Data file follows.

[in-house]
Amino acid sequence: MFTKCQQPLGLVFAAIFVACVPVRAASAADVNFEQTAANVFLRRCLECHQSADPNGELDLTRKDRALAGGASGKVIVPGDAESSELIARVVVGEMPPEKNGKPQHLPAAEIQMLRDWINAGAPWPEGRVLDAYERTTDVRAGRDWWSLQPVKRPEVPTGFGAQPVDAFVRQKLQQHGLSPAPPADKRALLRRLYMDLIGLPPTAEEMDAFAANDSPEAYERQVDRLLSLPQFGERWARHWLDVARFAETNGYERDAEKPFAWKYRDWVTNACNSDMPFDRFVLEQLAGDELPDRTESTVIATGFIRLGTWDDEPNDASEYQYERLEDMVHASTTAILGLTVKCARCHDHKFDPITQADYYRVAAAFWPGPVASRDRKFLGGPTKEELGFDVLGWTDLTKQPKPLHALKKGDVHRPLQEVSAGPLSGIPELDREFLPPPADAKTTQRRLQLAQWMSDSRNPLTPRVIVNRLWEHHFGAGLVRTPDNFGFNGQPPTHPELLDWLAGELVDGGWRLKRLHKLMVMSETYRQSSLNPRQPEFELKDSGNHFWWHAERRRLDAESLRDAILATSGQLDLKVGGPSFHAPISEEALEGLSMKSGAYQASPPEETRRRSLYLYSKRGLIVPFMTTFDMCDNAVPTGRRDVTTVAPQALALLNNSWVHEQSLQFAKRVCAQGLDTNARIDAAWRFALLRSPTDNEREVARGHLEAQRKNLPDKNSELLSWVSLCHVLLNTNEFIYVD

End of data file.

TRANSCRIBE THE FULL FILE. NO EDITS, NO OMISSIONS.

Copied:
[in-house]
Amino acid sequence: MFTKCQQPLGLVFAAIFVACVPVRAASAADVNFEQTAANVFLRRCLECHQSADPNGELDLTRKDRALAGGASGKVIVPGDAESSELIARVVVGEMPPEKNGKPQHLPAAEIQMLRDWINAGAPWPEGRVLDAYERTTDVRAGRDWWSLQPVKRPEVPTGFGAQPVDAFVRQKLQQHGLSPAPPADKRALLRRLYMDLIGLPPTAEEMDAFAANDSPEAYERQVDRLLSLPQFGERWARHWLDVARFAETNGYERDAEKPFAWKYRDWVTNACNSDMPFDRFVLEQLAGDELPDRTESTVIATGFIRLGTWDDEPNDASEYQYERLEDMVHASTTAILGLTVKCARCHDHKFDPITQADYYRVAAAFWPGPVASRDRKFLGGPTKEELGFDVLGWTDLTKQPKPLHALKKGDVHRPLQEVSAGPLSGIPELDREFLPPPADAKTTQRRLQLAQWMSDSRNPLTPRVIVNRLWEHHFGAGLVRTPDNFGFNGQPPTHPELLDWLAGELVDGGWRLKRLHKLMVMSETYRQSSLNPRQPEFELKDSGNHFWWHAERRRLDAESLRDAILATSGQLDLKVGGPSFHAPISEEALEGLSMKSGAYQASPPEETRRRSLYLYSKRGLIVPFMTTFDMCDNAVPTGRRDVTTVAPQALALLNNSWVHEQSLQFAKRVCAQGLDTNARIDAAWRFALLRSPTDNEREVARGHLEAQRKNLPDKNSELLSWVSLCHVLLNTNEFIYVD